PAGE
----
Digestion in the mouth

Step 3 Place the cards that represent the six nutrients in the mouth region of the digestive tract drawing.

Step 4 Using a pair of scissors to represent the carbohydrase enzymes from the salivary glands, cut the carbohydrate card (starch) into double units. These double unit pieces represent double sugars.

Digestion in the stomach

Step 5 Move all the nutrient cards and pieces into the stomach region of the digestive tract.

Step 6 Using a pair of scissors to represent the protease enzymes from the stomach, cut the protein card into short pieces of 2-4 units each. These pieces represent short amino acid chains.

Digestion in the small intestine

Step 7 Move all the nutrient cards and pieces into the small intestine region of the digestive tract.

Step 8 Using a pair of scissors to represent the lipase enzymes from the pancreas and small intestine, cut the fat card into individual pieces that represent fatty acids (3) and glycerol. These fatty acids and the glycerol molecule are small and soluble. They can be absorbed into the small intestine (villi) and bloodstream.

Step 9 Using a pair of scissors to represent the carbohydrase enzymes from the pancreas and small intestine, cut the carbohydrate pieces consisting of double units into single units. These single units are glucose molecules that are small and soluble. They can be absorbed into the small intestine (villi) and bloodstream.

Step 10 Using a pair of scissors to represent the protease enzymes from the pancreas and small intestine, cut the protein pieces into smaller pieces that represent individual amino acids. These amino acid molecules are small and soluble and therefore can be absorbed into the small intestine (villi) and bloodstream.

Step 11 You should notice that the nutrients water, vitamins, and minerals are not digested because they are small and soluble and ready for absorption in the small intestine. A lot of the water passes into the colon or large intestine and is absorbed there.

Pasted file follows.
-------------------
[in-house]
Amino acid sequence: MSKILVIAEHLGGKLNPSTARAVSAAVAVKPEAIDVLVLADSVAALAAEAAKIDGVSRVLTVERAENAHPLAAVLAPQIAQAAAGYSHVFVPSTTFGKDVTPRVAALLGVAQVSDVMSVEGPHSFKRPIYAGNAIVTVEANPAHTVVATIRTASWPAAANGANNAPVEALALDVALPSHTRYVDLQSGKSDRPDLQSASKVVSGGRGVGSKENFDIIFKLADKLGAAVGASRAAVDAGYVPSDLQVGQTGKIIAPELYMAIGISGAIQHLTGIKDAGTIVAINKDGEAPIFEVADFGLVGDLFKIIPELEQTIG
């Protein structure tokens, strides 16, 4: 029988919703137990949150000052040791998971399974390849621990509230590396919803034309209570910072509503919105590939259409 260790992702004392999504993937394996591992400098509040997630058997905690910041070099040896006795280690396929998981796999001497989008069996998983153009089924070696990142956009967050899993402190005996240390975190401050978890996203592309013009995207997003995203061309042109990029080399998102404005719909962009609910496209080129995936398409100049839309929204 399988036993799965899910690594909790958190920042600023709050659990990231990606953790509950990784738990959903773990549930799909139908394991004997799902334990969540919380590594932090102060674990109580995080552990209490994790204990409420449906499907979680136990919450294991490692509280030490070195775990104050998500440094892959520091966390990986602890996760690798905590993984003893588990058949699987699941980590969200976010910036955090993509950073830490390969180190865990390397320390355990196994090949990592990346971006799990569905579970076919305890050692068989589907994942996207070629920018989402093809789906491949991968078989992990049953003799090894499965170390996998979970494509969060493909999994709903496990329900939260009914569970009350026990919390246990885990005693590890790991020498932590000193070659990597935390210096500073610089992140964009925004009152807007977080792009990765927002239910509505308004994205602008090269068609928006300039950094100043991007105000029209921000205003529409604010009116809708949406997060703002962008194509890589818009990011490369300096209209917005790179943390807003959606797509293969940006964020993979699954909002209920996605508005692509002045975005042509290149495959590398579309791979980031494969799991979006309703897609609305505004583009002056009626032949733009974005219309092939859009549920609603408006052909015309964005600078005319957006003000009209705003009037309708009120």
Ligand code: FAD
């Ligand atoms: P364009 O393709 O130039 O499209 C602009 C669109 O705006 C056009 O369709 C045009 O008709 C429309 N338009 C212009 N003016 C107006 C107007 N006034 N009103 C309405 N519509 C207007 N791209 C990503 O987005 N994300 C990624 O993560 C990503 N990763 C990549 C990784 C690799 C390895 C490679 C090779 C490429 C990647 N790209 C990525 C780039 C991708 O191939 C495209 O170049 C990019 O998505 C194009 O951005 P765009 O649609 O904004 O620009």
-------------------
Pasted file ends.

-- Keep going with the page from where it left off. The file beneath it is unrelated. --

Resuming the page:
Step 12 Check with your teacher as to cleanup procedures.

Step 13 Discuss with the members of your group the questions on the Activity Report and then record your answers.

## Enrichment 4-2 Activity Report: Chemical Digestion Simulation (Student Reproducible)

1. a. What is the only food nutrient chemically digested in the mouth?

b. Where are the enzymes produced that partially digest this food nutrient in the mouth?

c. What is the general name for these enzymes?

2. a. What food nutrient is chemically digested initially in the stomach?

b. Where are the enzymes produced that partially digest this food nutrient in the stomach?

c. What is the general name for these enzymes?

3. a. What food nutrient is chemically digested initially in the small intestine?

b. Where are the enzymes produced that partially digest this food nutrient in the small intestine?

c. What is the general name for these enzymes?

4. a. What other food nutrients are chemically digested in the small intestine?

b. Where are the enzymes produced that partially digest these food nutrients in the small intestine?

5. What are the names of the nutrients or molecules that are ready to be absorbed into the wall of the small intestine?

6. What are the two main characteristics of food nutrients in their final form that allows them to be absorbed into the small intestine?

7. What nutrients are not chemically digested in your digestive tract but are absorbed? Explain.

## Enrichment 4-3: Teacher Activity Notes